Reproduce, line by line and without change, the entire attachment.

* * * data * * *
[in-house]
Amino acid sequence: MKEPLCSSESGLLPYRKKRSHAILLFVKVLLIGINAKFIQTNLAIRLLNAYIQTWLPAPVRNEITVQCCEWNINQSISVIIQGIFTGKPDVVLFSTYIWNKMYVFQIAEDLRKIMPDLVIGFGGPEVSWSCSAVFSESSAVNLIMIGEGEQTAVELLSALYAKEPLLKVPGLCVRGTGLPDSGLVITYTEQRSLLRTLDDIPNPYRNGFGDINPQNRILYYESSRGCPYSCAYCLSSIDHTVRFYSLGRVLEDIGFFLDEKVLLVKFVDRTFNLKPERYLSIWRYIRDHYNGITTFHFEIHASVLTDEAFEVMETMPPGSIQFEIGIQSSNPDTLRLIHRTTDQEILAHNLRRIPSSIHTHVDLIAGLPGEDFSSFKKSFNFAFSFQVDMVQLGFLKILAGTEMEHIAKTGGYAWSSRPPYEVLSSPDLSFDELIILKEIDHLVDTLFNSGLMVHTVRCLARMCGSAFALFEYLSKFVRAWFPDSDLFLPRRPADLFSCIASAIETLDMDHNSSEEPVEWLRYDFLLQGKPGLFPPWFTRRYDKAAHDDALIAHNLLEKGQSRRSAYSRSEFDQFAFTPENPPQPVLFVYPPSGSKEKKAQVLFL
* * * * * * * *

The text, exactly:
[in-house]
Amino acid sequence: MKEPLCSSESGLLPYRKKRSHAILLFVKVLLIGINAKFIQTNLAIRLLNAYIQTWLPAPVRNEITVQCCEWNINQSISVIIQGIFTGKPDVVLFSTYIWNKMYVFQIAEDLRKIMPDLVIGFGGPEVSWSCSAVFSESSAVNLIMIGEGEQTAVELLSALYAKEPLLKVPGLCVRGTGLPDSGLVITYTEQRSLLRTLDDIPNPYRNGFGDINPQNRILYYESSRGCPYSCAYCLSSIDHTVRFYSLGRVLEDIGFFLDEKVLLVKFVDRTFNLKPERYLSIWRYIRDHYNGITTFHFEIHASVLTDEAFEVMETMPPGSIQFEIGIQSSNPDTLRLIHRTTDQEILAHNLRRIPSSIHTHVDLIAGLPGEDFSSFKKSFNFAFSFQVDMVQLGFLKILAGTEMEHIAKTGGYAWSSRPPYEVLSSPDLSFDELIILKEIDHLVDTLFNSGLMVHTVRCLARMCGSAFALFEYLSKFVRAWFPDSDLFLPRRPADLFSCIASAIETLDMDHNSSEEPVEWLRYDFLLQGKPGLFPPWFTRRYDKAAHDDALIAHNLLEKGQSRRSAYSRSEFDQFAFTPENPPQPVLFVYPPSGSKEKKAQVLFL